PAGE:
High Throughput Flow Assay Trends 2015
|出版日期||內容資訊||英文 55 Pages
This market report summarizes the results of HTStec's industry-wide global web-based benchmarking survey on high throughput flow cytometry (HT flow) screening carried out in December 2014.
The survey was initiated by HTStec as part of its tracking of emerging life science marketplaces.
The questionnaire was compiled to meet the needs, requirements and interests of the HT flow vendor community. The objectives were to document the current implementation and use of HT flow assays in screening, and to understand future user requirements.
Equal emphasis was given to soliciting opinion from the antibody/biologics, small molecule and immunoassay screening segments worldwide.
The survey looked at the following aspects of HT flow screening, as practiced today (late 2014) and in a few cases as predicted for the future (2017): why respondents have enabled or why they are interested in HT flow; how respondents have achieved HT flow analysis to date and typical throughput realised with current instrument approach; will implementing HT flow mainly displace or complement existing screening technologies; key diseases/therapeutic areas targeted with HT flow screening; target classes most interested in applying HT flow assays; broad applications areas most using or most considering using HT flow assays; applications areas most suited to an HT flow approach; main benefits of HT flow versus other techniques; plate processing time considered adequate for HT flow needs; preferred sample presentation/handling format for HT flow and what is the target sample (aspirate) volume; number of parameters of information wanted to multiplex simultaneously; samples types wanted to analyse with HT flow; where cell markers of interest in HT flow screens are located; main cell labelling technique/source; type of endpoints of most interest in HT flow screens; intention to carry out any front end processing or sample preparation prior to HT flow; number of different primary screens and number of wells to be tested per HT flow screen; estimated cost per sample (microplate well) analysed using HT flow assays; vendor that first comes to mind when thinking of flow cytometry in general and HT flow specifically; plans to purchase any instrumentation to enable HT flow assays; capex budget for HT flow detection instruments; reagents and consumables budget for HT flow assays; how respondents have deployed HT flow instrumentation into their screening environment/core facility; biggest limitations (obstacles) in using HT flow assays today; ranking of possible limitations of HT flow; biggest hurdles in software and data analysis for HT flow; areas where respondents have deployed or are considering deploying HT flow assays; level of agreement with statements about the status of HT flow assays; awareness of alternative technologies for HT flow; and any unmet needs in HT flow screening today.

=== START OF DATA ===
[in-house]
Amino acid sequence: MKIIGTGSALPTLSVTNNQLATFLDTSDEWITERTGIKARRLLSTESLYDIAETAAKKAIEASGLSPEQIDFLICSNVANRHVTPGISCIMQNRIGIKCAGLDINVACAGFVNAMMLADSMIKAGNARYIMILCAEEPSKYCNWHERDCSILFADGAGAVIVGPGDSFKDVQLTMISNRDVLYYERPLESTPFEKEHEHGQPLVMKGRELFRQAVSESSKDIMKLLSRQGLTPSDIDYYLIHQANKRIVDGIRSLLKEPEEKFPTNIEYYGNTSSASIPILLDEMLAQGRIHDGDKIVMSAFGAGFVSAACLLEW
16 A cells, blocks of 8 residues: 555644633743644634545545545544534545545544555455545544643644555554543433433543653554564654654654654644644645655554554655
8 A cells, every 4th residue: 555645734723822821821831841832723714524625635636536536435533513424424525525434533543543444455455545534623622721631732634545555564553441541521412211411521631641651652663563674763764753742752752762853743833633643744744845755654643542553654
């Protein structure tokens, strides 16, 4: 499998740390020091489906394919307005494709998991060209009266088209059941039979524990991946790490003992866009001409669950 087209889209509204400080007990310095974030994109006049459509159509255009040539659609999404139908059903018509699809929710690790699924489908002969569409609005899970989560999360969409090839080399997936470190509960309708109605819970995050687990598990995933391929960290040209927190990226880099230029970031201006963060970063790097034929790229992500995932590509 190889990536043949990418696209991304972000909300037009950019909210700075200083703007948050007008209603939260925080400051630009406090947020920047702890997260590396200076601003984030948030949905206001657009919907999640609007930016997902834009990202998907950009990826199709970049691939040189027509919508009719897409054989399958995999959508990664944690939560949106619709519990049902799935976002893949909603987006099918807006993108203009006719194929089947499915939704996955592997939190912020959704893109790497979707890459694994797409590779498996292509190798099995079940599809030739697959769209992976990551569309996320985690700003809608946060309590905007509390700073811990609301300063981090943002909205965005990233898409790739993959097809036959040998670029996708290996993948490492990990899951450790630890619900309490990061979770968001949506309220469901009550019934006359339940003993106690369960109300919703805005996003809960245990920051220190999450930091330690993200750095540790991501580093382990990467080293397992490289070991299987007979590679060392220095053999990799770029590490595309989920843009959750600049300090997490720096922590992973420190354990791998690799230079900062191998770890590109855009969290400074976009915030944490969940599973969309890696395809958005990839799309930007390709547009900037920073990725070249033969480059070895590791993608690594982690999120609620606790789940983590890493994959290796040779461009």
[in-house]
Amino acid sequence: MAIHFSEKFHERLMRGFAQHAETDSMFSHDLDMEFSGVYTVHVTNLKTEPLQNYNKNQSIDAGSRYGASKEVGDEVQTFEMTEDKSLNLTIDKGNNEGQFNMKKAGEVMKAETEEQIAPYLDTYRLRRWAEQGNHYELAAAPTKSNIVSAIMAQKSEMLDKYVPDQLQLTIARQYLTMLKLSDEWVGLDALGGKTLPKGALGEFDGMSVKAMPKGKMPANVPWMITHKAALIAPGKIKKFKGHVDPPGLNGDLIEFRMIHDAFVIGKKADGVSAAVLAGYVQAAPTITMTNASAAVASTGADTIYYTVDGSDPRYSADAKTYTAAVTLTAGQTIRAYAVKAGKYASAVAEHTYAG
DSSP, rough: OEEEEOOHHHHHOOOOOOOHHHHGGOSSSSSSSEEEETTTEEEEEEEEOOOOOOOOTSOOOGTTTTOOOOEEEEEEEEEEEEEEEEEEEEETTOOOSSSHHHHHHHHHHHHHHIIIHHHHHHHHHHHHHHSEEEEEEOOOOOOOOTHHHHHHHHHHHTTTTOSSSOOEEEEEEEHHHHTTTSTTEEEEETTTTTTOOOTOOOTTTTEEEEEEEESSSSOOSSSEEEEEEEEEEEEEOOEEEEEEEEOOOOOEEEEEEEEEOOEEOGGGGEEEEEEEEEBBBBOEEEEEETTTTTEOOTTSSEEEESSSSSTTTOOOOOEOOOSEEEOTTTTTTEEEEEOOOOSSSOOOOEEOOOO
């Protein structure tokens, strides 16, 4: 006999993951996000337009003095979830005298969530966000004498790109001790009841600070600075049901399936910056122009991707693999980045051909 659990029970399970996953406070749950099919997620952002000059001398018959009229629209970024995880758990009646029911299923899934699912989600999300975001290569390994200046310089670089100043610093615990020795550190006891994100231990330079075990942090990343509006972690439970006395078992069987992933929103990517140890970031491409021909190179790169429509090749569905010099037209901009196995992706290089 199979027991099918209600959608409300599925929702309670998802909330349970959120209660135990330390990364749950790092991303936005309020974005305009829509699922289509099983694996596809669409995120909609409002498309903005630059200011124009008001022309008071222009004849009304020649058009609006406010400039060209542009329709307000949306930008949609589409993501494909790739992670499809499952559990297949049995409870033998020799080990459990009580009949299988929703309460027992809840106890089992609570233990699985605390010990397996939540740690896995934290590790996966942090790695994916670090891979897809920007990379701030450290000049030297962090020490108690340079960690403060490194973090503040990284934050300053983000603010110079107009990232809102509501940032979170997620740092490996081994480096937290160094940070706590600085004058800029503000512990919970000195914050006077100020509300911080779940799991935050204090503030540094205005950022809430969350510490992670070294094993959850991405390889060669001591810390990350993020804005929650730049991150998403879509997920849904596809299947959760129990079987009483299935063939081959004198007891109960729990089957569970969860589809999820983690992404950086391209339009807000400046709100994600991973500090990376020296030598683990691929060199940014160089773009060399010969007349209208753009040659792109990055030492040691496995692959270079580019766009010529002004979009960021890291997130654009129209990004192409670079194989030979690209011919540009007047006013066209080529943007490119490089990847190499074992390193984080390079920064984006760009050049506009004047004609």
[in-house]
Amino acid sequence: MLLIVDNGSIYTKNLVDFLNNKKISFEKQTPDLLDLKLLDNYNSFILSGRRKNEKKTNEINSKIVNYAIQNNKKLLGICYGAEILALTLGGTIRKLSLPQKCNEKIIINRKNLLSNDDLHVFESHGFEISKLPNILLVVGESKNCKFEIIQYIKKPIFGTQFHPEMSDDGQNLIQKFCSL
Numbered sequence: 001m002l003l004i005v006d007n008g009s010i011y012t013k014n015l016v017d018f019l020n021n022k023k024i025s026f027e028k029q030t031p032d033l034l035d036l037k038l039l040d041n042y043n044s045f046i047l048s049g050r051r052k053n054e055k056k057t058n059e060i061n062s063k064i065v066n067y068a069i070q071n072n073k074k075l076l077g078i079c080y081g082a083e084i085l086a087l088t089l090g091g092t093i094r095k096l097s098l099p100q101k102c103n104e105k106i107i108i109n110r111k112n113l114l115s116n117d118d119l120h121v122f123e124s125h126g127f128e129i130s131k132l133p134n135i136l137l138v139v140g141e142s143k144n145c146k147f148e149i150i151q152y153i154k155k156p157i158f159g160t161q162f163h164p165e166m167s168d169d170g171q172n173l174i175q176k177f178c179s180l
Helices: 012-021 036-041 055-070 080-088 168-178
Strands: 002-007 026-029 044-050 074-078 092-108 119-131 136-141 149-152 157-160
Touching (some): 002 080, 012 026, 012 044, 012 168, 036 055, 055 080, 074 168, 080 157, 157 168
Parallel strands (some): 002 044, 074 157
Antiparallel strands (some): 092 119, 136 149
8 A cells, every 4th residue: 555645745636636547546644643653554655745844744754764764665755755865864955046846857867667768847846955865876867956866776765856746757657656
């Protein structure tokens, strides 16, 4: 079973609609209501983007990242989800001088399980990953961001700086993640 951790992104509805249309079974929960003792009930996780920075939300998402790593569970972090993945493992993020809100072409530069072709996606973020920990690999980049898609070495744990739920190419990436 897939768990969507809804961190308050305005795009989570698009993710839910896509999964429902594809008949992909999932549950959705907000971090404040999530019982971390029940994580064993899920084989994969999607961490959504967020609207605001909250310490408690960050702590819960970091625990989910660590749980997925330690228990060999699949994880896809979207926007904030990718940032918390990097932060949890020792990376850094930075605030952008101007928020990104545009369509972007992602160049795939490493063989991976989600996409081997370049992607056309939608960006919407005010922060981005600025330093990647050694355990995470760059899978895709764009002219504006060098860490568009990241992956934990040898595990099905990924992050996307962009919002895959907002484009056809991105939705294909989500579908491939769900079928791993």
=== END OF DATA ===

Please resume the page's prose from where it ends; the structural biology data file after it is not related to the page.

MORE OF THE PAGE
The main questionnaire consisted of 28 multi-choice questions and 3 open-ended questions. In addition, there were 6 questions related solely to administration/survey demographics.